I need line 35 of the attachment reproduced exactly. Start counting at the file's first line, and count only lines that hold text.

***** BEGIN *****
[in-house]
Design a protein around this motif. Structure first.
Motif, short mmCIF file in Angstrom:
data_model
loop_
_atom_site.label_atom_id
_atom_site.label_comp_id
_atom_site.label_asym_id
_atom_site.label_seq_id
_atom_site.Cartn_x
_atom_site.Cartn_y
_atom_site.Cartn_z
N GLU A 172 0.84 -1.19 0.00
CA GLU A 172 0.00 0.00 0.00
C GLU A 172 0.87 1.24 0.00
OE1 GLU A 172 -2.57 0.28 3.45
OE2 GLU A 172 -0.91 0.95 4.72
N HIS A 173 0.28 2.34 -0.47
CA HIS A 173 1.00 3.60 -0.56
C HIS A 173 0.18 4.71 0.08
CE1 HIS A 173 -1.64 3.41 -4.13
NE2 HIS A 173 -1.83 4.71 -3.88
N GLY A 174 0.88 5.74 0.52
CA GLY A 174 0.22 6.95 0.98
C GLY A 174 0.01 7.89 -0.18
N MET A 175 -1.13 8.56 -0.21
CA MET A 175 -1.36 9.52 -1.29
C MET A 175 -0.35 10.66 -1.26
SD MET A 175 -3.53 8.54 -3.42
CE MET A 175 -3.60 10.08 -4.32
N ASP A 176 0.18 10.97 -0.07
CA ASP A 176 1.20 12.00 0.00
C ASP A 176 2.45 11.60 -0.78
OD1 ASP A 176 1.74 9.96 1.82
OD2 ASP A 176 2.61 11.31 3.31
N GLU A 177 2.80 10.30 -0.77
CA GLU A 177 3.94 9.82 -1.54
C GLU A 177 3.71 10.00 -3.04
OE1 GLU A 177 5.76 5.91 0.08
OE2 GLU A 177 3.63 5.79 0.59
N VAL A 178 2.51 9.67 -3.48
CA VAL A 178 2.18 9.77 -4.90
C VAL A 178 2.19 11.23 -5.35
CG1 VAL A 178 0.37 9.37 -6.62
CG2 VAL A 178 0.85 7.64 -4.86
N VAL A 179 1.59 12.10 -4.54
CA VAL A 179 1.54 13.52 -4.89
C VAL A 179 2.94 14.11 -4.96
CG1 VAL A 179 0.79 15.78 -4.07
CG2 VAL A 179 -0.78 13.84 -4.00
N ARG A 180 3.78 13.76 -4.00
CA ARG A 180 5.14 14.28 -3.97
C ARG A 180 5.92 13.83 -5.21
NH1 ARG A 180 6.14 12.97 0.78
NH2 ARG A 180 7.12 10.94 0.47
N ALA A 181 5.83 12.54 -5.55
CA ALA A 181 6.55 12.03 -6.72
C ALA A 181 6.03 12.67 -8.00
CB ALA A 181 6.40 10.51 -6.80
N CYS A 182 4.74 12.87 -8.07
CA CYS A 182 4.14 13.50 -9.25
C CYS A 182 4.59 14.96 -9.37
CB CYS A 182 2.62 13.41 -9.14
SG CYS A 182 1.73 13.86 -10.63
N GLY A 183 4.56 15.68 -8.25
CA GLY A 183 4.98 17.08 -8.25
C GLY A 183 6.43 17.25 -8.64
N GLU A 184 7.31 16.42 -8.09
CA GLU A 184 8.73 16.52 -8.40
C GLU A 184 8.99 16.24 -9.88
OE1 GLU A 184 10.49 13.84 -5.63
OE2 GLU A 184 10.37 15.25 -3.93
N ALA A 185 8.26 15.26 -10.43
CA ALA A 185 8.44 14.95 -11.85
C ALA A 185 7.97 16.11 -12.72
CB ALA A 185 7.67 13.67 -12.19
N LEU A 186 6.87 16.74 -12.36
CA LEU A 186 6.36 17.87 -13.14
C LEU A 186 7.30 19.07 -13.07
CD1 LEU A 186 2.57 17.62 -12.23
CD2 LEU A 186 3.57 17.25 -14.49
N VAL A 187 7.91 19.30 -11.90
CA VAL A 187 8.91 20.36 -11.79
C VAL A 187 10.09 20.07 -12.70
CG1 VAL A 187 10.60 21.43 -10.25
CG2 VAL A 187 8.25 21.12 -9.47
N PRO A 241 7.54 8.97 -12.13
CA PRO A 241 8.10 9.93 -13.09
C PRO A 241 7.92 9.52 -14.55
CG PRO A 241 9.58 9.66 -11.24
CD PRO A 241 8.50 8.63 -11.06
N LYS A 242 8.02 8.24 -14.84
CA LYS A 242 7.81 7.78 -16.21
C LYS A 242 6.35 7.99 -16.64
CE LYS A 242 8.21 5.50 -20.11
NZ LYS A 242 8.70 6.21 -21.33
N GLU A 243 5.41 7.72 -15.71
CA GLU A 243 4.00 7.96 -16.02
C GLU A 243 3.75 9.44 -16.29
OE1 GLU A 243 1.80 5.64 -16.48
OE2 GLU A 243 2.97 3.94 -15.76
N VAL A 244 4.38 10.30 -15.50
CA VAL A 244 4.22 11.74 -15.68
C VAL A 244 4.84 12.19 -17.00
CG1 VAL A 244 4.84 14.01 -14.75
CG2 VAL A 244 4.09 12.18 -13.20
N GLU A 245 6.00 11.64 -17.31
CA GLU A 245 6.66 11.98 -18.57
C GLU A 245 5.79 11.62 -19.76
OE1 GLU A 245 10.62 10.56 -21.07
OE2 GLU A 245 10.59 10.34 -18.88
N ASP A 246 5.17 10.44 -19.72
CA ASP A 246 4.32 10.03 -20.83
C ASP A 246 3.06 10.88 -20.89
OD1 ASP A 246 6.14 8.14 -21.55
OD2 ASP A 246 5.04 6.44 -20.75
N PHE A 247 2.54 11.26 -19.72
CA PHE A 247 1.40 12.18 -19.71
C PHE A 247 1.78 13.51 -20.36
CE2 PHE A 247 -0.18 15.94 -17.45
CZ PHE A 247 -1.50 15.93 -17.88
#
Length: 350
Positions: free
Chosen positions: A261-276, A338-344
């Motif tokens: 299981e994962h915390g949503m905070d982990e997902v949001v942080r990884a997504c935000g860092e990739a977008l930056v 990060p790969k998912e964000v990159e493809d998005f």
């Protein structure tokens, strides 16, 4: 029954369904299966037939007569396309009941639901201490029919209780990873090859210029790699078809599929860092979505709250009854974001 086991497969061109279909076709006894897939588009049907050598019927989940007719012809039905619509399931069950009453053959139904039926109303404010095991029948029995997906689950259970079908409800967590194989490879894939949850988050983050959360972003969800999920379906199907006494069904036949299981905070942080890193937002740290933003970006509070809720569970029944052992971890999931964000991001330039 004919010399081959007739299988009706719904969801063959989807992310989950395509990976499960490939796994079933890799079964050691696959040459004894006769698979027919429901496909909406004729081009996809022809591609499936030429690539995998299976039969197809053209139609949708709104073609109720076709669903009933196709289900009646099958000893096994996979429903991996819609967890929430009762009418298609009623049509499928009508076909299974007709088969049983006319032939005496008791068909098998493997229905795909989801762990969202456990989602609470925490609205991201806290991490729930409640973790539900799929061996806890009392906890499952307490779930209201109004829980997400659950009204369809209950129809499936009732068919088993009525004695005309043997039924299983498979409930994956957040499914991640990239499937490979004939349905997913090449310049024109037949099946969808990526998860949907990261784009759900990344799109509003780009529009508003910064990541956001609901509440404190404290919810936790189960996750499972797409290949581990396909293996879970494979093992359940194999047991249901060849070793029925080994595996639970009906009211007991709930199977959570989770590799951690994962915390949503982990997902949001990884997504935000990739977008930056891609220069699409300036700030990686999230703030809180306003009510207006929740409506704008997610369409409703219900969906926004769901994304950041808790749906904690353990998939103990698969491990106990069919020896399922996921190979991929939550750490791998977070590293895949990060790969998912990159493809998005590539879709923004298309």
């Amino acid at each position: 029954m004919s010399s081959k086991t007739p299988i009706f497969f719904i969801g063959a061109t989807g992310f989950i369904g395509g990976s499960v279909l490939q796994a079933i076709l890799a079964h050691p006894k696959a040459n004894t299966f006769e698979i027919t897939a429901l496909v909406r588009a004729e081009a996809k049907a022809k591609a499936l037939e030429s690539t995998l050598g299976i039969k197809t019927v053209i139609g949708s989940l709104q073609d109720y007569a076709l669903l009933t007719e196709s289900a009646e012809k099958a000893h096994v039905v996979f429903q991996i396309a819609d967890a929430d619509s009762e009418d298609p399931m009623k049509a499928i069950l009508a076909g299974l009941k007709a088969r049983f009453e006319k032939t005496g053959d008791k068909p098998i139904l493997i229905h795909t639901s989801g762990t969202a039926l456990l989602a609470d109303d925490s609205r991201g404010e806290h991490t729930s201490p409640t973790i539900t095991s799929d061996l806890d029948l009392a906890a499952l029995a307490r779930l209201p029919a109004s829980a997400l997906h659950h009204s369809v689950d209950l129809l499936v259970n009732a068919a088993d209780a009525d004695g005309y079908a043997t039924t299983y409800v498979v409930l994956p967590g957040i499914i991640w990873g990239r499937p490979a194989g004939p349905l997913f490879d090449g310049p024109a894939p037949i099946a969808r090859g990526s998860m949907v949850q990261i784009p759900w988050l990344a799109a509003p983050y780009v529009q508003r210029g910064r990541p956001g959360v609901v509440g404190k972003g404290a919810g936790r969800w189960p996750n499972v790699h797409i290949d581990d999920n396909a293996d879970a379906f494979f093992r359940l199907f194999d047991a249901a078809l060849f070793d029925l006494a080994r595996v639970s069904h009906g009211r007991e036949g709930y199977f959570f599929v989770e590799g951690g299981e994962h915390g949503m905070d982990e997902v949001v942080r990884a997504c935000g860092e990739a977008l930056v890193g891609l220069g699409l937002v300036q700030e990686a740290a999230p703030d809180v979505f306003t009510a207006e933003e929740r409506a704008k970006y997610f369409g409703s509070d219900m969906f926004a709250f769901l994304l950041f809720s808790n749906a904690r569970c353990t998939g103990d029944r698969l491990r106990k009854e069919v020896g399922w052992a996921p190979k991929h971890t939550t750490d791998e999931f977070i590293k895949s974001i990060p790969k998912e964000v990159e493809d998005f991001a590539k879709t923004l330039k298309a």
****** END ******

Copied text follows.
OD2 ASP A 176 2.61 11.31 3.31